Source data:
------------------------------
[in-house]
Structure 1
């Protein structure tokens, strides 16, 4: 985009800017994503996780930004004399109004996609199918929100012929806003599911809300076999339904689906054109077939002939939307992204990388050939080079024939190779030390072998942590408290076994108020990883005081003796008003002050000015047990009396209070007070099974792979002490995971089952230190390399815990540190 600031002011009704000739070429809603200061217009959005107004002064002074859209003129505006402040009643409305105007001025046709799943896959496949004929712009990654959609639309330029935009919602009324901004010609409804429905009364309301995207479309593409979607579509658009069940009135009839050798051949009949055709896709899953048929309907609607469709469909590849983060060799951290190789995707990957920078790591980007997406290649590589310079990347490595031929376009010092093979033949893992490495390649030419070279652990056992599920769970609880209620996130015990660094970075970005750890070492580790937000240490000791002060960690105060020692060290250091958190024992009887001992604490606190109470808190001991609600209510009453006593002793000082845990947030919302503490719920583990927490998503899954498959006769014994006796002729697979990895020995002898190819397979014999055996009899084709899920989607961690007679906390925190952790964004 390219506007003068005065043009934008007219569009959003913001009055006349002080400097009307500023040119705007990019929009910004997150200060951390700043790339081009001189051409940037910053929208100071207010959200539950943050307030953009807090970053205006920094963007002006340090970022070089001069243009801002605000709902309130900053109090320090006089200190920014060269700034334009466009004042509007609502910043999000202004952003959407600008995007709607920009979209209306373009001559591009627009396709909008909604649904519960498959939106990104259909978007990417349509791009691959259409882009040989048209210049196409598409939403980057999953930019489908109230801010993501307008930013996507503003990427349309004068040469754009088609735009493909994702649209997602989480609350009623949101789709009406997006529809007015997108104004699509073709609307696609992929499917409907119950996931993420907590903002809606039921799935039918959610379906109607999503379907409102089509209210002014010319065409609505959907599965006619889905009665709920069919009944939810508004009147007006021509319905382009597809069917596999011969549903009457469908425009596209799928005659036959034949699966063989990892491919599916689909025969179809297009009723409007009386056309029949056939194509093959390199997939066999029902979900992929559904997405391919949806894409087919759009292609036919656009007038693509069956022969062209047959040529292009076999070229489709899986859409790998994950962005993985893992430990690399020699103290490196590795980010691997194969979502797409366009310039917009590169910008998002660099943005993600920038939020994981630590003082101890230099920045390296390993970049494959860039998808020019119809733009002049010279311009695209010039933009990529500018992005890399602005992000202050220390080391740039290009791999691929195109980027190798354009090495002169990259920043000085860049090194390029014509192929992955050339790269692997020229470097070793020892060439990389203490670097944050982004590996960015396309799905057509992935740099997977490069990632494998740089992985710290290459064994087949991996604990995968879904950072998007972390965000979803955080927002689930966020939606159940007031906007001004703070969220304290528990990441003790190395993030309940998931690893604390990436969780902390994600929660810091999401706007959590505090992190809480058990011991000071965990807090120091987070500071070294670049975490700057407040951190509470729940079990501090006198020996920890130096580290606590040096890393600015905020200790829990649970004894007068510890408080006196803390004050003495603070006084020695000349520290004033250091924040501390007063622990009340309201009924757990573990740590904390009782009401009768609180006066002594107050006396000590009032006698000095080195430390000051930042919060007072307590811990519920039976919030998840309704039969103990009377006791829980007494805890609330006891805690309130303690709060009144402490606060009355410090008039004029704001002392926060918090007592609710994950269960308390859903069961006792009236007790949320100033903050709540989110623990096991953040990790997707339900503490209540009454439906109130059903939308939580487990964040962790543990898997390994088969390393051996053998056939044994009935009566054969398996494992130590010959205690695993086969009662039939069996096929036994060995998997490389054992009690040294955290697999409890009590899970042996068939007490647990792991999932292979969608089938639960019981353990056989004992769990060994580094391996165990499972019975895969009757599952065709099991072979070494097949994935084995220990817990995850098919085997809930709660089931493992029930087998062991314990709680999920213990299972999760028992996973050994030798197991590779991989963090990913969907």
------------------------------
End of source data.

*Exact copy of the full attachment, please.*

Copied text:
[in-house]
Structure 1
């Protein structure tokens, strides 16, 4: 985009800017994503996780930004004399109004996609199918929100012929806003599911809300076999339904689906054109077939002939939307992204990388050939080079024939190779030390072998942590408290076994108020990883005081003796008003002050000015047990009396209070007070099974792979002490995971089952230190390399815990540190 600031002011009704000739070429809603200061217009959005107004002064002074859209003129505006402040009643409305105007001025046709799943896959496949004929712009990654959609639309330029935009919602009324901004010609409804429905009364309301995207479309593409979607579509658009069940009135009839050798051949009949055709896709899953048929309907609607469709469909590849983060060799951290190789995707990957920078790591980007997406290649590589310079990347490595031929376009010092093979033949893992490495390649030419070279652990056992599920769970609880209620996130015990660094970075970005750890070492580790937000240490000791002060960690105060020692060290250091958190024992009887001992604490606190109470808190001991609600209510009453006593002793000082845990947030919302503490719920583990927490998503899954498959006769014994006796002729697979990895020995002898190819397979014999055996009899084709899920989607961690007679906390925190952790964004 390219506007003068005065043009934008007219569009959003913001009055006349002080400097009307500023040119705007990019929009910004997150200060951390700043790339081009001189051409940037910053929208100071207010959200539950943050307030953009807090970053205006920094963007002006340090970022070089001069243009801002605000709902309130900053109090320090006089200190920014060269700034334009466009004042509007609502910043999000202004952003959407600008995007709607920009979209209306373009001559591009627009396709909008909604649904519960498959939106990104259909978007990417349509791009691959259409882009040989048209210049196409598409939403980057999953930019489908109230801010993501307008930013996507503003990427349309004068040469754009088609735009493909994702649209997602989480609350009623949101789709009406997006529809007015997108104004699509073709609307696609992929499917409907119950996931993420907590903002809606039921799935039918959610379906109607999503379907409102089509209210002014010319065409609505959907599965006619889905009665709920069919009944939810508004009147007006021509319905382009597809069917596999011969549903009457469908425009596209799928005659036959034949699966063989990892491919599916689909025969179809297009009723409007009386056309029949056939194509093959390199997939066999029902979900992929559904997405391919949806894409087919759009292609036919656009007038693509069956022969062209047959040529292009076999070229489709899986859409790998994950962005993985893992430990690399020699103290490196590795980010691997194969979502797409366009310039917009590169910008998002660099943005993600920038939020994981630590003082101890230099920045390296390993970049494959860039998808020019119809733009002049010279311009695209010039933009990529500018992005890399602005992000202050220390080391740039290009791999691929195109980027190798354009090495002169990259920043000085860049090194390029014509192929992955050339790269692997020229470097070793020892060439990389203490670097944050982004590996960015396309799905057509992935740099997977490069990632494998740089992985710290290459064994087949991996604990995968879904950072998007972390965000979803955080927002689930966020939606159940007031906007001004703070969220304290528990990441003790190395993030309940998931690893604390990436969780902390994600929660810091999401706007959590505090992190809480058990011991000071965990807090120091987070500071070294670049975490700057407040951190509470729940079990501090006198020996920890130096580290606590040096890393600015905020200790829990649970004894007068510890408080006196803390004050003495603070006084020695000349520290004033250091924040501390007063622990009340309201009924757990573990740590904390009782009401009768609180006066002594107050006396000590009032006698000095080195430390000051930042919060007072307590811990519920039976919030998840309704039969103990009377006791829980007494805890609330006891805690309130303690709060009144402490606060009355410090008039004029704001002392926060918090007592609710994950269960308390859903069961006792009236007790949320100033903050709540989110623990096991953040990790997707339900503490209540009454439906109130059903939308939580487990964040962790543990898997390994088969390393051996053998056939044994009935009566054969398996494992130590010959205690695993086969009662039939069996096929036994060995998997490389054992009690040294955290697999409890009590899970042996068939007490647990792991999932292979969608089938639960019981353990056989004992769990060994580094391996165990499972019975895969009757599952065709099991072979070494097949994935084995220990817990995850098919085997809930709660089931493992029930087998062991314990709680999920213990299972999760028992996973050994030798197991590779991989963090990913969907």